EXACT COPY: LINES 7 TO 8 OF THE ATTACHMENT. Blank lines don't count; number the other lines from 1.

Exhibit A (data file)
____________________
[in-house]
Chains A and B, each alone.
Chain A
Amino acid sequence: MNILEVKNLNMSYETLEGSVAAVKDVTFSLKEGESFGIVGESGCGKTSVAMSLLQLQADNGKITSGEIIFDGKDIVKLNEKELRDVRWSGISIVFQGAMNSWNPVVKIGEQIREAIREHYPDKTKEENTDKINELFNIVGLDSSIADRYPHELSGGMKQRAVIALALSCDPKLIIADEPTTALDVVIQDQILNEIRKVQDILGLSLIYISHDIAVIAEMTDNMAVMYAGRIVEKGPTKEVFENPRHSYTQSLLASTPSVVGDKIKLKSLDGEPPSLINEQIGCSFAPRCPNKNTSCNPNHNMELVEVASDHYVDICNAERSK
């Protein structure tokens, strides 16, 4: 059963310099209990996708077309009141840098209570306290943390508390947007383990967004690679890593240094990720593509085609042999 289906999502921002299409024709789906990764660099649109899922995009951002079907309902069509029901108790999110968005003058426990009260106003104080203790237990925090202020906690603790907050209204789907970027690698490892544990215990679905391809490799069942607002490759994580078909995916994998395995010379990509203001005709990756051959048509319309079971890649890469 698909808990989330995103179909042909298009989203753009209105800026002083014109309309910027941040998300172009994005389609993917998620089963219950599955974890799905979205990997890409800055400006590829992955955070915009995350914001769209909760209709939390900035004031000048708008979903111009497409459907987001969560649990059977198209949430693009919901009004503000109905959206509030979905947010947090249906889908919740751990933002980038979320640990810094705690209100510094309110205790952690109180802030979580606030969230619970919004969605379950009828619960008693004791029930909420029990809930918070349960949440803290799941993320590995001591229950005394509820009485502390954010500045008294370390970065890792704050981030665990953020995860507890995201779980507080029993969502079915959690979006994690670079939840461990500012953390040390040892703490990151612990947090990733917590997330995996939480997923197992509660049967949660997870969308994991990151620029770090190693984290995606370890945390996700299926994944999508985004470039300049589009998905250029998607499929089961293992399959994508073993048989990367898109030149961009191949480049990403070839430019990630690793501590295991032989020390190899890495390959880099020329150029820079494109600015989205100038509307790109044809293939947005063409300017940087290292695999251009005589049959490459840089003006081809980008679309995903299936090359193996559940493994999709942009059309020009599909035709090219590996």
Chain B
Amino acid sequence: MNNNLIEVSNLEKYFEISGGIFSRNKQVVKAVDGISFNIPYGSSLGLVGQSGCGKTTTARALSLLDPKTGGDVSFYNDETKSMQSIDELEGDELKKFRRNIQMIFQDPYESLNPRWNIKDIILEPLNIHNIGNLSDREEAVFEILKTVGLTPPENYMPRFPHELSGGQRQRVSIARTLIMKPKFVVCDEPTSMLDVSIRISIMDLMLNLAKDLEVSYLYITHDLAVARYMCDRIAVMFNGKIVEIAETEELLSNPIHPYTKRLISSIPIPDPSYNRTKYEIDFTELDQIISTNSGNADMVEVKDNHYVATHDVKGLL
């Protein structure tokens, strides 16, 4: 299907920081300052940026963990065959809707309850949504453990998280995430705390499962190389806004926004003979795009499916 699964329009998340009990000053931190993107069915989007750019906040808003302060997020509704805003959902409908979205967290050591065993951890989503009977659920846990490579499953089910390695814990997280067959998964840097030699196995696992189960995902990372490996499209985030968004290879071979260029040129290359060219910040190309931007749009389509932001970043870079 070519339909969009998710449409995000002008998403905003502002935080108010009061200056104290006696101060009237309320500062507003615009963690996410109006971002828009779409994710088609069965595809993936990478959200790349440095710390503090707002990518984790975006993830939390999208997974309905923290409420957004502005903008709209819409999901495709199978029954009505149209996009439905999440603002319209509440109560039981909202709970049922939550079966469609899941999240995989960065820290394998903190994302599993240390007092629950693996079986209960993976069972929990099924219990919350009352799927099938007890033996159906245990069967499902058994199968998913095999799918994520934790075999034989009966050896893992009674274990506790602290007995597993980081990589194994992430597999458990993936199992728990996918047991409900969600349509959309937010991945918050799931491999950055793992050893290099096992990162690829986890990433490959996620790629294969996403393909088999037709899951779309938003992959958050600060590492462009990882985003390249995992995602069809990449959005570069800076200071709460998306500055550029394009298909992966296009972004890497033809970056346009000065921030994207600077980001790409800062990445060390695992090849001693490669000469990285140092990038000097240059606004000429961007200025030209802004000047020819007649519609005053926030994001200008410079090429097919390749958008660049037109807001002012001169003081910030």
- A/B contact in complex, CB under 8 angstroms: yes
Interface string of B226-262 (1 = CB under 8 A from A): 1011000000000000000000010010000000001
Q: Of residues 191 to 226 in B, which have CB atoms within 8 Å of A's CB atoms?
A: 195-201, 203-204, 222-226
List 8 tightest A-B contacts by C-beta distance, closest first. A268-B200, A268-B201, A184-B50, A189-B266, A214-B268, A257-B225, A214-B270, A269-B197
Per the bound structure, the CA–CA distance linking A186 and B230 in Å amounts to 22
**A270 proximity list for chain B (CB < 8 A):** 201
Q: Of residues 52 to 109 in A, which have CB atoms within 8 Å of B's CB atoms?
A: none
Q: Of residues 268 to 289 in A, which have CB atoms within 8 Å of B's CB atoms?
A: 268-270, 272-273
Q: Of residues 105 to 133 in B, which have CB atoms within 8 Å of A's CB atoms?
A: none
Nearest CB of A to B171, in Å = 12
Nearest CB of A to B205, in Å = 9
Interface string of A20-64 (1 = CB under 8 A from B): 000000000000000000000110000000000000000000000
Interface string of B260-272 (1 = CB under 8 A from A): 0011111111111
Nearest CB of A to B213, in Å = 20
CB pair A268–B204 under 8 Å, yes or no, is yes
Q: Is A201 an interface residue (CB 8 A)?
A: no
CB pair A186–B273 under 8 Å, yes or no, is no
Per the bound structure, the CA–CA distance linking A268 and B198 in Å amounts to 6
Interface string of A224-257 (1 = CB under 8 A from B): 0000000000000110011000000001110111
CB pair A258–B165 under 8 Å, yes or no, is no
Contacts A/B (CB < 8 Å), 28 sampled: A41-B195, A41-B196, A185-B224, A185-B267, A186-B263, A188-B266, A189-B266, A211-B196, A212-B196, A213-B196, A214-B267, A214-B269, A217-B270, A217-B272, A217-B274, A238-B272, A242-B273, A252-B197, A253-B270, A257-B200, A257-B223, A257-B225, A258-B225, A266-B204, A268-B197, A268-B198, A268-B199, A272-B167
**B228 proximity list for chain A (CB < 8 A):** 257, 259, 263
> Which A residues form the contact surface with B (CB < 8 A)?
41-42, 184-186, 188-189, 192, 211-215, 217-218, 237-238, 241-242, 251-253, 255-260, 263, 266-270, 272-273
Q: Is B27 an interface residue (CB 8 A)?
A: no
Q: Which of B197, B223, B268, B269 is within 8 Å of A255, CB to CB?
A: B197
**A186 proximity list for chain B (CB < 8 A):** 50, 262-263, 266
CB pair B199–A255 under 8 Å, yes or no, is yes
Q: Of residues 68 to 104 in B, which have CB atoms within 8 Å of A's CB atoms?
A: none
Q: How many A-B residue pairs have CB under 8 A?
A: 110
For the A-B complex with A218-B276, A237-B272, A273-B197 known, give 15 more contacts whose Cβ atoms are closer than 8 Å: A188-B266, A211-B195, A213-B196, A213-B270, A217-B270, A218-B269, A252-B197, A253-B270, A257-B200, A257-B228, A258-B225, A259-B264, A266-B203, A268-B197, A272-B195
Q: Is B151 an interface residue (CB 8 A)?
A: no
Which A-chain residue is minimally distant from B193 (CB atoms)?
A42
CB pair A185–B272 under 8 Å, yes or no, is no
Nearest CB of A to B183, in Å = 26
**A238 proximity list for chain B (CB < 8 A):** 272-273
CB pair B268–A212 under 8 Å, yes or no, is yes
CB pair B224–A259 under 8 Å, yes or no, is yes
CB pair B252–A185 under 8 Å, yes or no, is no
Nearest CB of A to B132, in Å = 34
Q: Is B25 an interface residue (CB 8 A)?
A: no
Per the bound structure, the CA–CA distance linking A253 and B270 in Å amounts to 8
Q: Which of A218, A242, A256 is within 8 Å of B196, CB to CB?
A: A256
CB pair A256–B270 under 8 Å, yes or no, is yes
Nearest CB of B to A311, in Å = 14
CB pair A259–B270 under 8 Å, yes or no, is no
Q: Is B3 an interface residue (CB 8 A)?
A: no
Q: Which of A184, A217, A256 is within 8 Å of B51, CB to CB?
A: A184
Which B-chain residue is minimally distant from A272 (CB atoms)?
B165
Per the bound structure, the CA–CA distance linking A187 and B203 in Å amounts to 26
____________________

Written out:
Amino acid sequence: MNNNLIEVSNLEKYFEISGGIFSRNKQVVKAVDGISFNIPYGSSLGLVGQSGCGKTTTARALSLLDPKTGGDVSFYNDETKSMQSIDELEGDELKKFRRNIQMIFQDPYESLNPRWNIKDIILEPLNIHNIGNLSDREEAVFEILKTVGLTPPENYMPRFPHELSGGQRQRVSIARTLIMKPKFVVCDEPTSMLDVSIRISIMDLMLNLAKDLEVSYLYITHDLAVARYMCDRIAVMFNGKIVEIAETEELLSNPIHPYTKRLISSIPIPDPSYNRTKYEIDFTELDQIISTNSGNADMVEVKDNHYVATHDVKGLL
């Protein structure tokens, strides 16, 4: 299907920081300052940026963990065959809707309850949504453990998280995430705390499962190389806004926004003979795009499916 699964329009998340009990000053931190993107069915989007750019906040808003302060997020509704805003959902409908979205967290050591065993951890989503009977659920846990490579499953089910390695814990997280067959998964840097030699196995696992189960995902990372490996499209985030968004290879071979260029040129290359060219910040190309931007749009389509932001970043870079 070519339909969009998710449409995000002008998403905003502002935080108010009061200056104290006696101060009237309320500062507003615009963690996410109006971002828009779409994710088609069965595809993936990478959200790349440095710390503090707002990518984790975006993830939390999208997974309905923290409420957004502005903008709209819409999901495709199978029954009505149209996009439905999440603002319209509440109560039981909202709970049922939550079966469609899941999240995989960065820290394998903190994302599993240390007092629950693996079986209960993976069972929990099924219990919350009352799927099938007890033996159906245990069967499902058994199968998913095999799918994520934790075999034989009966050896893992009674274990506790602290007995597993980081990589194994992430597999458990993936199992728990996918047991409900969600349509959309937010991945918050799931491999950055793992050893290099096992990162690829986890990433490959996620790629294969996403393909088999037709899951779309938003992959958050600060590492462009990882985003390249995992995602069809990449959005570069800076200071709460998306500055550029394009298909992966296009972004890497033809970056346009000065921030994207600077980001790409800062990445060390695992090849001693490669000469990285140092990038000097240059606004000429961007200025030209802004000047020819007649519609005053926030994001200008410079090429097919390749958008660049037109807001002012001169003081910030």